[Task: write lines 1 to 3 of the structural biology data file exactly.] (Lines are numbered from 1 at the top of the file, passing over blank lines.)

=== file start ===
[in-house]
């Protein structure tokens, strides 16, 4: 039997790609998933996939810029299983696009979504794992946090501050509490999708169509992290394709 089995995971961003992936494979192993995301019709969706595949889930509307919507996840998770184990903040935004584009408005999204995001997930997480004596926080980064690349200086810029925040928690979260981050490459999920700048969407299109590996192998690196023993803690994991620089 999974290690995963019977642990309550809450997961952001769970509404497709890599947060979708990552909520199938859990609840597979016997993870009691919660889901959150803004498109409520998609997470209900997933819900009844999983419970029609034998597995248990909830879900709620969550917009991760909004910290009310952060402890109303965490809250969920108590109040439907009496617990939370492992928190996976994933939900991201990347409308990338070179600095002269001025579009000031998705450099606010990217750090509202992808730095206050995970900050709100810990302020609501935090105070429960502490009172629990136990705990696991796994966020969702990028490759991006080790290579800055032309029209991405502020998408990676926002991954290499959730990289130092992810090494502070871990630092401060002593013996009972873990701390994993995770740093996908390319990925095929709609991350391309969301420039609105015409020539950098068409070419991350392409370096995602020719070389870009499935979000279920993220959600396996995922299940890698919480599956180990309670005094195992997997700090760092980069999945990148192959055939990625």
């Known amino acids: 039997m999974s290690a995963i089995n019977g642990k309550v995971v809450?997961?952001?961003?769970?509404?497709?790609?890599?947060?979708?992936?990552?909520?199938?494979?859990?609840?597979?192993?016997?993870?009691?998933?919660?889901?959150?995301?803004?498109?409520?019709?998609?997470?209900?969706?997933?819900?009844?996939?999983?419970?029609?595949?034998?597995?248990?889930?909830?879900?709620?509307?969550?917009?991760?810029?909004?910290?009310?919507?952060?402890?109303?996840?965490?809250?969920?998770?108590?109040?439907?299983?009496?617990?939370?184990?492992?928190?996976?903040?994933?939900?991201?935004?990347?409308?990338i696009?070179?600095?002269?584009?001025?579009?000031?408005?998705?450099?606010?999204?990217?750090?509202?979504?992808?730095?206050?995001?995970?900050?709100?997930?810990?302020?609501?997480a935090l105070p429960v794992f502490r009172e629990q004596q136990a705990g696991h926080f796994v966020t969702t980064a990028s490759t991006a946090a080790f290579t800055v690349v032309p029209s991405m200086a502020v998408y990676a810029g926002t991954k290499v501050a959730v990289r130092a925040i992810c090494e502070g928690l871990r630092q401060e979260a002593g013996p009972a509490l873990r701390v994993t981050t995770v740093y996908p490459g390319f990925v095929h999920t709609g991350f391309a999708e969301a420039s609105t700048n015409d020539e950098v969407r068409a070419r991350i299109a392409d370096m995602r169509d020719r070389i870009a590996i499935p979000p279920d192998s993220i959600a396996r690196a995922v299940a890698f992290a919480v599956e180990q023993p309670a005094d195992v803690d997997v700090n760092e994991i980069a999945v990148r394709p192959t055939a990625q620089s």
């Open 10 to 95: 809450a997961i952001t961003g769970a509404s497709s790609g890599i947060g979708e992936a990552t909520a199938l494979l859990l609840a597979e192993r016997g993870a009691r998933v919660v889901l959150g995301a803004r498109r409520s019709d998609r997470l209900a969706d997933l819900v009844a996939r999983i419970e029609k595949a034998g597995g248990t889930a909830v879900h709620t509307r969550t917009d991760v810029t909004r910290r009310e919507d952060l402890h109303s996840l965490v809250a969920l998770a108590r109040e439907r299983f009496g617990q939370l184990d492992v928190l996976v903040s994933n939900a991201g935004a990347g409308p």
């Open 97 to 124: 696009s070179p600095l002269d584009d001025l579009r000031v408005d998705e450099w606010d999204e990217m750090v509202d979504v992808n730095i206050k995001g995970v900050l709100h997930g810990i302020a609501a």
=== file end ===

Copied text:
[in-house]
């Protein structure tokens, strides 16, 4: 039997790609998933996939810029299983696009979504794992946090501050509490999708169509992290394709 089995995971961003992936494979192993995301019709969706595949889930509307919507996840998770184990903040935004584009408005999204995001997930997480004596926080980064690349200086810029925040928690979260981050490459999920700048969407299109590996192998690196023993803690994991620089 999974290690995963019977642990309550809450997961952001769970509404497709890599947060979708990552909520199938859990609840597979016997993870009691919660889901959150803004498109409520998609997470209900997933819900009844999983419970029609034998597995248990909830879900709620969550917009991760909004910290009310952060402890109303965490809250969920108590109040439907009496617990939370492992928190996976994933939900991201990347409308990338070179600095002269001025579009000031998705450099606010990217750090509202992808730095206050995970900050709100810990302020609501935090105070429960502490009172629990136990705990696991796994966020969702990028490759991006080790290579800055032309029209991405502020998408990676926002991954290499959730990289130092992810090494502070871990630092401060002593013996009972873990701390994993995770740093996908390319990925095929709609991350391309969301420039609105015409020539950098068409070419991350392409370096995602020719070389870009499935979000279920993220959600396996995922299940890698919480599956180990309670005094195992997997700090760092980069999945990148192959055939990625």
């Known amino acids: 039997m999974s290690a995963i089995n019977g642990k309550v995971v809450?997961?952001?961003?769970?509404?497709?790609?890599?947060?979708?992936?990552?909520?199938?494979?859990?609840?597979?192993?016997?993870?009691?998933?919660?889901?959150?995301?803004?498109?409520?019709?998609?997470?209900?969706?997933?819900?009844?996939?999983?419970?029609?595949?034998?597995?248990?889930?909830?879900?709620?509307?969550?917009?991760?810029?909004?910290?009310?919507?952060?402890?109303?996840?965490?809250?969920?998770?108590?109040?439907?299983?009496?617990?939370?184990?492992?928190?996976?903040?994933?939900?991201?935004?990347?409308?990338i696009?070179?600095?002269?584009?001025?579009?000031?408005?998705?450099?606010?999204?990217?750090?509202?979504?992808?730095?206050?995001?995970?900050?709100?997930?810990?302020?609501?997480a935090l105070p429960v794992f502490r009172e629990q004596q136990a705990g696991h926080f796994v966020t969702t980064a990028s490759t991006a946090a080790f290579t800055v690349v032309p029209s991405m200086a502020v998408y990676a810029g926002t991954k290499v501050a959730v990289r130092a925040i992810c090494e502070g928690l871990r630092q401060e979260a002593g013996p009972a509490l873990r701390v994993t981050t995770v740093y996908p490459g390319f990925v095929h999920t709609g991350f391309a999708e969301a420039s609105t700048n015409d020539e950098v969407r068409a070419r991350i299109a392409d370096m995602r169509d020719r070389i870009a590996i499935p979000p279920d192998s993220i959600a396996r690196a995922v299940a890698f992290a919480v599956e180990q023993p309670a005094d195992v803690d997997v700090n760092e994991i980069a999945v990148r394709p192959t055939a990625q620089s």